Your argument that a person with same-sex desires must be given the option of marrying a person of the same-sex in order to avoid temptation fails to consider that many men continue to struggle with sexual temptation for women other than their wives.  Does this mean we should argue that we should permit polygamy just so men can avoid temptation?  Or what of the incestuous man in Corinth?  Should we argue that Paul should have permitted a polyamorous marriage between this man, his father and mother because that would help him avoid temptation?  Some same-sex couples are not satisfied having sex with their one partner because they have sexual desires for others of the same sex.  Does this mean we should permit group same-sex marriage so these people can avoid temptation?  Paul's point in 1st Corinthians 7 is that the ONLY option for avoiding sexual sin is marriage between ONE man and ONE woman.  Paul does not give us the option of redefining marriage in order to help people make their sinful sexual desires "legitimate."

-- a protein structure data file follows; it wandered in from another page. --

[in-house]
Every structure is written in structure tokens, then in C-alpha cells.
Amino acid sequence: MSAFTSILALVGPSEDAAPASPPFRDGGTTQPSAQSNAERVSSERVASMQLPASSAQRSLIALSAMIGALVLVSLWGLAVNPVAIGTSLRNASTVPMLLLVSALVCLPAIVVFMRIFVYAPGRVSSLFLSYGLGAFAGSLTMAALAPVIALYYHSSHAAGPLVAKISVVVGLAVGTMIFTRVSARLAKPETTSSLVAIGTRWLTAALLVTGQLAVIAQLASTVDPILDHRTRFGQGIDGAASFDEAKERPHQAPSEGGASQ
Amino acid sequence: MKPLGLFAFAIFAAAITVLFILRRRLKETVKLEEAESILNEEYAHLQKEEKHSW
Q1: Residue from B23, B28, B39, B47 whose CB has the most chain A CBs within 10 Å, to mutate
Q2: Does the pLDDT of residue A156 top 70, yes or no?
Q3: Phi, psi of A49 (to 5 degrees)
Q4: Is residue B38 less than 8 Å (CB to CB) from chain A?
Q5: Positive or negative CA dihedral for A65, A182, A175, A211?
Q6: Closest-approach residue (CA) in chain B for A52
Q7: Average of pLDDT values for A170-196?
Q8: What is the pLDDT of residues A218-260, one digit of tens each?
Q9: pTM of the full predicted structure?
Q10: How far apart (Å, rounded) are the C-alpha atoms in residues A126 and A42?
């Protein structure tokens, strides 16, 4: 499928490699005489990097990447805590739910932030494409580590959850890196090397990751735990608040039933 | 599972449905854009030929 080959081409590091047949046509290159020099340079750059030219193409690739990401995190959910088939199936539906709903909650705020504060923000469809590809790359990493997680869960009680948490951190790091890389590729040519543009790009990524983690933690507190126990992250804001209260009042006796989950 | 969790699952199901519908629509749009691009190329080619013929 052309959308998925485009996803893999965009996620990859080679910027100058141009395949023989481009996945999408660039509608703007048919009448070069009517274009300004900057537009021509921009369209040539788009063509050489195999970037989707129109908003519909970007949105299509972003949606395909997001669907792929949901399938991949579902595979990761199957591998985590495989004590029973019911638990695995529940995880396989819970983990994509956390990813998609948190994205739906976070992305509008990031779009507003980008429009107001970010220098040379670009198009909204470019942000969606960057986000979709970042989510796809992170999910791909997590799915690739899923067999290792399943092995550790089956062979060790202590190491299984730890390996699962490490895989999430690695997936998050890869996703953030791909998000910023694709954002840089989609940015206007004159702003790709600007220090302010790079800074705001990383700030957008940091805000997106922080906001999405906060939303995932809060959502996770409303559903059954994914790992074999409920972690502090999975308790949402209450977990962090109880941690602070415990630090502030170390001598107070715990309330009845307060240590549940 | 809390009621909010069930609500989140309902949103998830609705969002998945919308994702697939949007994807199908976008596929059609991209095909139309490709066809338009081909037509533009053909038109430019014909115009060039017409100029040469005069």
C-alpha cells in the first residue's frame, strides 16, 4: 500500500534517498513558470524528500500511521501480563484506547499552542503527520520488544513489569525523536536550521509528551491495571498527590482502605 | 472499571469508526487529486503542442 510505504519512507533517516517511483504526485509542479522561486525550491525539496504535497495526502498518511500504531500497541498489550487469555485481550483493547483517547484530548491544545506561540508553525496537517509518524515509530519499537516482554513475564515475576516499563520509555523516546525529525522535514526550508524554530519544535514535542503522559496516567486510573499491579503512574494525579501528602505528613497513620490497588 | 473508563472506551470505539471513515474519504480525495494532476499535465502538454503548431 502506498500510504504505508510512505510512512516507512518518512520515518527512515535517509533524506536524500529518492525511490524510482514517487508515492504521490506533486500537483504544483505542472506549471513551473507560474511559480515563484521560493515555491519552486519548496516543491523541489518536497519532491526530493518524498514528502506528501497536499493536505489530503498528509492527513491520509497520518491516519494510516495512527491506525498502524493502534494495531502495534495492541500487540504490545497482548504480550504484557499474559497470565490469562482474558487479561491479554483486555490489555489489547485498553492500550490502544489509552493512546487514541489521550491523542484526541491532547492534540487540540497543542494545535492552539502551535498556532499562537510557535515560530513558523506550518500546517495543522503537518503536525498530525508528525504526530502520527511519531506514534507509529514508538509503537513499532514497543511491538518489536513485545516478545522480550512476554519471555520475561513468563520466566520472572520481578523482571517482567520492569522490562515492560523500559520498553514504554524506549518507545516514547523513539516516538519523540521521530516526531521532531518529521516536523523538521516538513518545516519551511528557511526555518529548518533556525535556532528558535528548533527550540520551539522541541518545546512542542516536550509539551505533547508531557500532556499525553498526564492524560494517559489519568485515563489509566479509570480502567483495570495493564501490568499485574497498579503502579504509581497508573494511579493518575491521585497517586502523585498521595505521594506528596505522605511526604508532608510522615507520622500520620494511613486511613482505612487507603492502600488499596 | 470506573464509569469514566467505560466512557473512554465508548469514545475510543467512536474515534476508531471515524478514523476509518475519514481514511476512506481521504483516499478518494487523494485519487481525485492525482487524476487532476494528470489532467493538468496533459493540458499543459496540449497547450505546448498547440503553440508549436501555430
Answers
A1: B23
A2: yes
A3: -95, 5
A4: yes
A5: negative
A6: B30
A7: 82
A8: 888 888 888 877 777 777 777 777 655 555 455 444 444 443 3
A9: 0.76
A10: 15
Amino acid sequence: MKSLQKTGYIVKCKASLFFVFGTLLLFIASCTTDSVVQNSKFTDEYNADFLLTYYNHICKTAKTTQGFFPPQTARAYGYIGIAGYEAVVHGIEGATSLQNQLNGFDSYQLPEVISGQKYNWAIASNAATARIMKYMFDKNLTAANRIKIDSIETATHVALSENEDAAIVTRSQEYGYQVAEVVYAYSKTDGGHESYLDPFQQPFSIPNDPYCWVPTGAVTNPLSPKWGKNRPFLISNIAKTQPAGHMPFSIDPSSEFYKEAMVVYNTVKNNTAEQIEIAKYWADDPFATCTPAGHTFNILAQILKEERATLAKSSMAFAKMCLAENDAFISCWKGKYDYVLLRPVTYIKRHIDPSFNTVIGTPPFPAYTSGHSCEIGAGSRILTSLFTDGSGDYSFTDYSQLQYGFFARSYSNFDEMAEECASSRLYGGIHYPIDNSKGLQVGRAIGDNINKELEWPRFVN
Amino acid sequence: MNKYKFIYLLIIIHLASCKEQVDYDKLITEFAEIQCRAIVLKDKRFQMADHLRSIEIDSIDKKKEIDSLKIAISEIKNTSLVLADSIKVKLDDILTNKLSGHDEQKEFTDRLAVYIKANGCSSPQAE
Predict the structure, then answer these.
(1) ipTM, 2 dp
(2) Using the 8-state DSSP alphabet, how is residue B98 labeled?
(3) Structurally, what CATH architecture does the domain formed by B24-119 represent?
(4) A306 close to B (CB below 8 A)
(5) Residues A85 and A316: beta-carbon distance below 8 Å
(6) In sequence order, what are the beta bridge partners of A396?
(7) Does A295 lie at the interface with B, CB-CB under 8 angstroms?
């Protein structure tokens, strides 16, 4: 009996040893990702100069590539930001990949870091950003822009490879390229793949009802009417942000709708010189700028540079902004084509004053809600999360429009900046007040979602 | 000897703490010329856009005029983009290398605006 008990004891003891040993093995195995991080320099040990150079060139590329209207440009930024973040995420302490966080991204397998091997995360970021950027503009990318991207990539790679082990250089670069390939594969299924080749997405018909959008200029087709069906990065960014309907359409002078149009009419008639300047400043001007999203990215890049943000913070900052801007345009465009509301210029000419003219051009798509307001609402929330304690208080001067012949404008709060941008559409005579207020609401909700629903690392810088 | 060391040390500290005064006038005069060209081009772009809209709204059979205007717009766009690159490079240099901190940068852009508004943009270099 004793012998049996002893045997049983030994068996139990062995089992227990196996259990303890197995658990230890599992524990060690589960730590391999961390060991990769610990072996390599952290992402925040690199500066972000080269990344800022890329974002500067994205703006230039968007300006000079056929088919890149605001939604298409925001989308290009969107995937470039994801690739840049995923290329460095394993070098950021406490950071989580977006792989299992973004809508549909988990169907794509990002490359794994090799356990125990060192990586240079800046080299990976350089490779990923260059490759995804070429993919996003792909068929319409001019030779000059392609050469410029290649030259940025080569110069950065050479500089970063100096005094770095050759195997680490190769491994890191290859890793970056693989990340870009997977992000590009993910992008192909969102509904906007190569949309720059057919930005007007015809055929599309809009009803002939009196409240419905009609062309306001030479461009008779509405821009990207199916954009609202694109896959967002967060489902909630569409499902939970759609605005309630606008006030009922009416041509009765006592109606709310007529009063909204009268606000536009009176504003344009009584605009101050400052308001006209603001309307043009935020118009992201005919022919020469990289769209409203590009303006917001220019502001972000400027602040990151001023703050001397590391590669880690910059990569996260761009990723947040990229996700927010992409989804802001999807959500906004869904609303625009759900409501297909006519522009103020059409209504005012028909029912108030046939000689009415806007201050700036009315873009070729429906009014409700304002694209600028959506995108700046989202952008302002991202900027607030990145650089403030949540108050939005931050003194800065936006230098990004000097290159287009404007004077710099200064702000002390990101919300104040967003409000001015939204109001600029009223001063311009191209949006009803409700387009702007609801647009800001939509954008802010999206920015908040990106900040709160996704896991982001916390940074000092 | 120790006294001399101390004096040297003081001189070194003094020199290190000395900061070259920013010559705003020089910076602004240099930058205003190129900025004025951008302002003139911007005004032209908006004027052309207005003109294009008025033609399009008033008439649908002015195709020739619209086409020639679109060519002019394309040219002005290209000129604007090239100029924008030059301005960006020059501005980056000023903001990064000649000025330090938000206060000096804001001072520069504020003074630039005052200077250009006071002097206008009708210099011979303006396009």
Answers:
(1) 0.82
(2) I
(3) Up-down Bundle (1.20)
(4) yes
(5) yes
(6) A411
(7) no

I've known too many men who entered a heterosexual marriage, even had children; but the desire for same-sex relationships remained so strong that they ended up divorced and married to a same-sex partner. For them, it would be like you being forced into a same-sex relationship.  The body might perform OK, but the mind wouldn't be into it.
"The church … had made us like ill-taught piano students; we play our songs, but we never really hear them, because our main concern is not to make music, but but to avoid some flub that will get us in dutch." [Robert Capon, _Between Noon and Three_, p. 148]

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Re: When “homosexuals” entered the Bible.
« Reply #23 on: March 11, 2021, 11:56:05 AM »
Okay, I might (or might not) grant that homosexuality "as an orientation" was not studied much in the nascent Church, nor spoken of in depth by the Fathers.  I won't do a research project to see one way or another.

But homosexual acts are thoroughly condemned in the Patristic literature.  It isn't even a question.